Being a single parent was always hard for my mother. She has a total of four children, with me as the only son and as the baby of the family. My dad passed at a young age, and my mother never remarried. It seemed harder for us to enjoy “family” outings because there isn’t the other parent figure around. I’ve always wondered about my dad but never questioned. I suppose it was a sensitive topic. I did, however, wonder how my mom did it. How was she able to raise four children on her own? I can barely go through my daily struggles without support from my girlfriend or friends. She’s been doing it all since my dad passed. What’s her driving force to be the best she can be? My grandmother would lend a hand, but the strong will my mother carries vibrated throughout my childhood. Although there were times when she was busy with work, I could always count on her being there.
But being a single mother isn’t easy. Especially now with the economy the way it is. We’re all lucky to have a stable income and help whenever and wherever needed, but I guess she always knew it was gonna be hard on the family. She now works wherever work is offered and gets whatever income she can get. It always amazes me what single mothers are willing to do for their children to get gain opportunities they never had.
Did you know that single parents have to work ten times harder than families with both parents? The income is cut in half and the troubles double. According to The National Association of Child Care Resource and Referral Agencies (NACCRRA), in Georgia alone, there are 376,444 single-parent families with children under the age of 18, and only 223,976 of those families are fortunate enough to be in the work force. Nationwide numbers are even more staggering – 10,779,688 single-parent families with children under the age of 18 with only a little of a half, or 5,856,354, who are in the work force.
My sister and I both attend college at the moment and the monetary tribulations never seem to cease. The annual average cost of 4-year state college/university tuition and other fees is about $5,916 in Georgia and $7,610 in the United States. Even with HOPE (that faced cuts, by the way) and financial aid, it’s not enough to cover other costs that need to be paid for. Prices in food, gas and other essentials are increasing and incoming freshmen (and students currently enrolled) need as much financial help as possible. We all have jobs, but that too doesn’t seem to be enough in the constant bills that continue to pile up.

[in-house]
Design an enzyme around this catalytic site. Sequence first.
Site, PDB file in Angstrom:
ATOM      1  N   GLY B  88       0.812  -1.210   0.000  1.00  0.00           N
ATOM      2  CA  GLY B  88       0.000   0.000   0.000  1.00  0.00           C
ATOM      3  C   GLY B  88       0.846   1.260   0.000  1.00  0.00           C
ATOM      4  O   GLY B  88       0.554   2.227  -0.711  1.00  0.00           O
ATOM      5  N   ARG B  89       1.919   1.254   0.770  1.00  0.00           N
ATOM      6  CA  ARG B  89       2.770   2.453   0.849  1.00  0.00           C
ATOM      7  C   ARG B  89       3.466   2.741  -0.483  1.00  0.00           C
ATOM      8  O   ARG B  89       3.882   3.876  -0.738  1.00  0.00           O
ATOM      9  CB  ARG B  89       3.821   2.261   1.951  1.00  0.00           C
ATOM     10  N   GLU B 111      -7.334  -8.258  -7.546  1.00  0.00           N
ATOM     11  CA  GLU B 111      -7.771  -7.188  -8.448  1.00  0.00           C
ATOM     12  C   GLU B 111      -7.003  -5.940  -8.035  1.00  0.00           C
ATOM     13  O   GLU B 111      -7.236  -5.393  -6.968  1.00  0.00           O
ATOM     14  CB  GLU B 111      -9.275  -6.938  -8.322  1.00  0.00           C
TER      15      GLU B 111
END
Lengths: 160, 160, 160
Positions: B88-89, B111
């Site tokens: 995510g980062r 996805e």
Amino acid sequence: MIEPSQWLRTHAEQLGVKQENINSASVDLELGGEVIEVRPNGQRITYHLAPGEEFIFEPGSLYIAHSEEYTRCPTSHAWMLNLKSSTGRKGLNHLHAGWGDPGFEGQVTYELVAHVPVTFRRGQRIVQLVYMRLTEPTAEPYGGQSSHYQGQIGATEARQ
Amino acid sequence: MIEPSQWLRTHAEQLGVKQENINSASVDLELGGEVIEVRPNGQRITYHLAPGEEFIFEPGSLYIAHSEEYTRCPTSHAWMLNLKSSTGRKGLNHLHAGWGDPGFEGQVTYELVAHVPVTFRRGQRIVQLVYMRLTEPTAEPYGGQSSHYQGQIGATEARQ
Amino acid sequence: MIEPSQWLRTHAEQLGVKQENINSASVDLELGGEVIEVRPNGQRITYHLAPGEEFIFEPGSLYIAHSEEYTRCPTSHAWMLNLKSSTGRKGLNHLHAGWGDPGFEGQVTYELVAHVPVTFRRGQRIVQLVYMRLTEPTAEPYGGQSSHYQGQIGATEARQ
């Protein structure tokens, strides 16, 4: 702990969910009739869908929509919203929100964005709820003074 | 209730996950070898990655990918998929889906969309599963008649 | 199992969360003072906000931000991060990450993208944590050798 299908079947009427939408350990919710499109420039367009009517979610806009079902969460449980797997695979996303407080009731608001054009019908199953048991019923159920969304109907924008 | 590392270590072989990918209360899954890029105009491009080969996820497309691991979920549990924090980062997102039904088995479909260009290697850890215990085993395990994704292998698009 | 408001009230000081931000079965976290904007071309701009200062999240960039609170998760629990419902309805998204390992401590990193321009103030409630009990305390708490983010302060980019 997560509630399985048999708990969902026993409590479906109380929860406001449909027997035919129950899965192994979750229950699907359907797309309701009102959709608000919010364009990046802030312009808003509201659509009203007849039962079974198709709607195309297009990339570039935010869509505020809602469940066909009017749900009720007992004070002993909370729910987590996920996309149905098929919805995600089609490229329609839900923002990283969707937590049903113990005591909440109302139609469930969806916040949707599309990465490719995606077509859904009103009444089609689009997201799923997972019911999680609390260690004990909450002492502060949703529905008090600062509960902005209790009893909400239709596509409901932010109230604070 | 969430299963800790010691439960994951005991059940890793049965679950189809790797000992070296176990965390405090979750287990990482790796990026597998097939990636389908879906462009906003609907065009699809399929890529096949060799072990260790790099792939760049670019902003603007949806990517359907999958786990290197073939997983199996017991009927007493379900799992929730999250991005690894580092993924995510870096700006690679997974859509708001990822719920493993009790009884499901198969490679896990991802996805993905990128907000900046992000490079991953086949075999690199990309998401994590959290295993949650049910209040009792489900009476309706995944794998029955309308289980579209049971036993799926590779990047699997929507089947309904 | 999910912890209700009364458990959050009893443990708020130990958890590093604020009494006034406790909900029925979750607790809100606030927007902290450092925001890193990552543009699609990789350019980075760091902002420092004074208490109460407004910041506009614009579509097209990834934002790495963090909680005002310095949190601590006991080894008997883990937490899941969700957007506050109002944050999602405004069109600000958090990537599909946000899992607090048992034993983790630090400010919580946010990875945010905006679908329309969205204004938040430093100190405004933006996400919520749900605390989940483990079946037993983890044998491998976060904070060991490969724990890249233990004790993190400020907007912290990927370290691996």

To help students who might be having tough times, I, along with three close friends of mine: Antwan Chambers (Wooster in Ohio), Kevin Villao (Southern Polytech State University) and Thuy Le (Georgia Institute of Technology), have gotten together and started ‘Students with Single Parents’, which is a scholarship program for local youth. We began this because we all have similar experiences; the four of us were raised by single parents and have learned the hardships that come with it. Over the years, we noticed that a lot of our mutual friends were being raised by single parents and saw that they share the same hardships we did. We couldn’t afford a lot, we weren’t able to buy the best clothes, we worked at very young ages and we dealt with a lot of family monetary issues. This seemed like a prevalent problem within the community.
We hope this scholarship will grow into something bigger, but for now, we want to offer this scholarship for local high school students with single parents who experience monetary tribulations. Me, Antwan, Kevin and Thuy all have pledged at least $50 from our own pockets to fund ‘Students with Single Parents’. We hope that community leaders, organizations and individuals will jump on board and donate to the scholarship. This would be a prime example of unity within the community. People of different races and ethnicities donating to one cause that we can all relate to.
If you’re interested in learning more about this scholarship fund, please don’t hesitate to reach out! You can email me at firstname.lastname@example.org. Thanks!
Photo credit: http://ontheballparent.com/